In many ways schematic capture is an easier first step. You can hold off on Verilog or VHDL until you have made every flavor of flip-flop yourself. If you can get logic that has a few to several dozen gates to work first, then you can consider an HDL. And it doesn't really matter too much. There are pros and cons to each, and different industries prefer different languages. Actually different regions of the world prefer different languages too. Verilog is extremely popular in Silicon Valley, but on the East Coast you will find a lot more people using VHDL.

    Many who prefer one over another do so because of features for doing verification. Until you know what verification is all about you probably won't be able to make an informed decision.

    This fact makes it easy for most people: Icarus Verilog [] is open source, free and multi-platform. And useful for doing verification work, and also is capable of generating netlists to use with your favorite Xilinx or Altera parts. I'm not saying it's amazing or anything, but it does have some advantages for a hobbyist doing small projects.

  • No really. There are tools for us old timers that let you design at the gate level, and then will create the code for you.

  • by xlr8_joe ( 1566467 ) on Sunday May 31, 2009 @03:25PM (#28160345)
    Having worked in Silicon Valley and in Europe I have lived through some great battles of Verilog vs VHDL. Even had an engineer reminding me just lack week why VHDL is better. The reason he though it better was because it would not have allowed a port size mismatch that lead to some strange waveforms when the Logic Analyzer was configured the way he imagined it should be. None the less, Verilog is used for more ASIC designs then VHDL. (Simply ask the tool vendors Synopsys, Cadence, Mentor.)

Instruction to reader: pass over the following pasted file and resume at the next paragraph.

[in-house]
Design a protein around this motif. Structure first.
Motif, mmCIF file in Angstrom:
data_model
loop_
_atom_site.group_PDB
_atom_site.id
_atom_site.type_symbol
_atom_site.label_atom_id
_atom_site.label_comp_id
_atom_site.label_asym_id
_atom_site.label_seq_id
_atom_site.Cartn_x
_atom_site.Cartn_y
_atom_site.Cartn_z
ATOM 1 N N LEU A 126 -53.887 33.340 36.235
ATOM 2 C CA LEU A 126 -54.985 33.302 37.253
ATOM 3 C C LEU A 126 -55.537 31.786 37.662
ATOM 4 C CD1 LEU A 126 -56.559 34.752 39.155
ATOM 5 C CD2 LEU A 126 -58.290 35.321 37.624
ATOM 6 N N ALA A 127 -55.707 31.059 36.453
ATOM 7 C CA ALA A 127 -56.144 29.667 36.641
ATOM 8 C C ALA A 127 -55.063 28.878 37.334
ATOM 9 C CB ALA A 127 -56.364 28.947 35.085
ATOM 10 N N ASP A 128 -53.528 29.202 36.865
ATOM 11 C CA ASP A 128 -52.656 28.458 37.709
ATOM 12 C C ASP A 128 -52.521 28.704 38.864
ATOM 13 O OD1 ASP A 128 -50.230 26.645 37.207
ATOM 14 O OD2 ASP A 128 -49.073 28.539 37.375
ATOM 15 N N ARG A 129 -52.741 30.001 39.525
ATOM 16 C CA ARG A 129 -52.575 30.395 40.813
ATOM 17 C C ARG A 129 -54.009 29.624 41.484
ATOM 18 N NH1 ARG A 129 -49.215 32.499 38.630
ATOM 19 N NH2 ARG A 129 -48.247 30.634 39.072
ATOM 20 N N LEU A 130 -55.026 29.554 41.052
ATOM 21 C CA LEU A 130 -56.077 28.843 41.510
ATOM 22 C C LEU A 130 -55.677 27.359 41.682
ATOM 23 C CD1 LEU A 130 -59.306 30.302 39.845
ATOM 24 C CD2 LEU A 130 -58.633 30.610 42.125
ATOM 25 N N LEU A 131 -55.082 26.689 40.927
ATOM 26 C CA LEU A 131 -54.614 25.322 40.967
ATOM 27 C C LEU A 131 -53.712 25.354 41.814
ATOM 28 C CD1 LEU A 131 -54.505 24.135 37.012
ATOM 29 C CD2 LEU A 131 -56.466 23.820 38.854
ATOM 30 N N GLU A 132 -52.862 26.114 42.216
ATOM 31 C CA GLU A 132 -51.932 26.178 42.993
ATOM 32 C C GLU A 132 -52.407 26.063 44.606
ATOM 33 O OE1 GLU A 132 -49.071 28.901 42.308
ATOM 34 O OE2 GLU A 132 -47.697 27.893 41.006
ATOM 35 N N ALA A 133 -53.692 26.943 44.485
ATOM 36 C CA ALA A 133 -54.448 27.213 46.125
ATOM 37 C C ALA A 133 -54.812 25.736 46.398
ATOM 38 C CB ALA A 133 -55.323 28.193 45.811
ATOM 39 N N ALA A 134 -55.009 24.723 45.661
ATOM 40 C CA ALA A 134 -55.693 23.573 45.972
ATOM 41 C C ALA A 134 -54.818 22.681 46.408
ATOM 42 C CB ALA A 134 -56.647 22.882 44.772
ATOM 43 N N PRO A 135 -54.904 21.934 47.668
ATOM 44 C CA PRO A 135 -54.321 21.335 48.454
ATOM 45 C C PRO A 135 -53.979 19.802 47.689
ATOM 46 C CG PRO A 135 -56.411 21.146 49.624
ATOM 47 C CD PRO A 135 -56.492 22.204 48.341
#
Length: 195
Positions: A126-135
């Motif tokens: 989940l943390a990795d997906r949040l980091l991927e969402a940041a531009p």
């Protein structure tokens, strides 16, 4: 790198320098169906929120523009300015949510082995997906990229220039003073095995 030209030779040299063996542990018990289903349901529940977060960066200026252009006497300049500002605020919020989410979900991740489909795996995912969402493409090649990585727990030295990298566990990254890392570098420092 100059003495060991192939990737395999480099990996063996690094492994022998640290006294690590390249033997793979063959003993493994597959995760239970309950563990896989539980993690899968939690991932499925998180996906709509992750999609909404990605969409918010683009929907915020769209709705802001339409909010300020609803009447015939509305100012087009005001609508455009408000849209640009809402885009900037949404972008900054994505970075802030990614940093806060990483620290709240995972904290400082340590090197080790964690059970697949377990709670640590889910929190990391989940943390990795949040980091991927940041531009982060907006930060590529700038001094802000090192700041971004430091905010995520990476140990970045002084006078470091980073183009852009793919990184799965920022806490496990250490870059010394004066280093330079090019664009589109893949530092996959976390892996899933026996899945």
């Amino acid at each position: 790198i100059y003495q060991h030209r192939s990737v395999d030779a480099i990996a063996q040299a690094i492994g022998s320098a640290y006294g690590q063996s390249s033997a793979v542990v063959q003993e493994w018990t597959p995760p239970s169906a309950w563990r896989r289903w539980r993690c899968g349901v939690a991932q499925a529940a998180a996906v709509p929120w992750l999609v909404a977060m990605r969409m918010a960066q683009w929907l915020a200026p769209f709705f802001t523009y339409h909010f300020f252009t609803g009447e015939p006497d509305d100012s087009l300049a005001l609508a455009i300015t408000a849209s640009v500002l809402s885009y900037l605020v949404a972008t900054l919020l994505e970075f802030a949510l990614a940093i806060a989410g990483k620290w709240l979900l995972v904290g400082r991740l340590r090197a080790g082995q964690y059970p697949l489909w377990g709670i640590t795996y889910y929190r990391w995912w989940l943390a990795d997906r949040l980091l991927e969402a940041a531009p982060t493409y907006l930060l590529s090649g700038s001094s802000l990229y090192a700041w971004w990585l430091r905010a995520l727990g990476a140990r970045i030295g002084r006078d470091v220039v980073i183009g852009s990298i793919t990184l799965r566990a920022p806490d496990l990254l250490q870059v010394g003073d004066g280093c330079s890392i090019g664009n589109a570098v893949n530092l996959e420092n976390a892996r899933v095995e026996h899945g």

For me Verilog is closer to describing HW and allows an engineer to do what they want. It is like a sports-bike. It will get you there very fast and you can cut a lot of corners. But, watch out or you will be in a ditch pretty quick.

    For students, it is most important that they learn HW design before learning Verilog or VHDL. They need to understand the parallel nature of HW, and should be familiar with state machines and Karnaugh map reductions. In general they should not be writing shifters with for loops. Both languages allow you to describe HW that looks OK in simulation and has a whole host of problems after synthesis. I would teach Verilog because the language will not force good design and the students will be forced to learn when their FPGAs have problems. VHDL, on the other hand, will provided training wheels that allows the user to not truly understand what they are doing and still pass the class.
  • VHDL == history (Score:5, Informative)

    by whoever57 ( 658626 ) on Sunday May 31, 2009 @03:31PM (#28160381) Journal

    There were very good reasons why people used VHDL in the past. Because VHDL was an open language before Verilog, the cost of VHDL tools was historically lower than Verilog tools. Since this cost was much more important to FPGA designers, VHDL tended to dominate the FPGA market.

    On ASIC side, the first mainstream commercial synthesis tool was Synopsys and Synopsys chose to support Verilog before supporting VHDL. Amongst all the other NRE costs in designing an ASIC, the added cost of using Verilog tools (instead of VHDL) was not really significant. Also, tools to support large designs advanced initially as Verilog tools.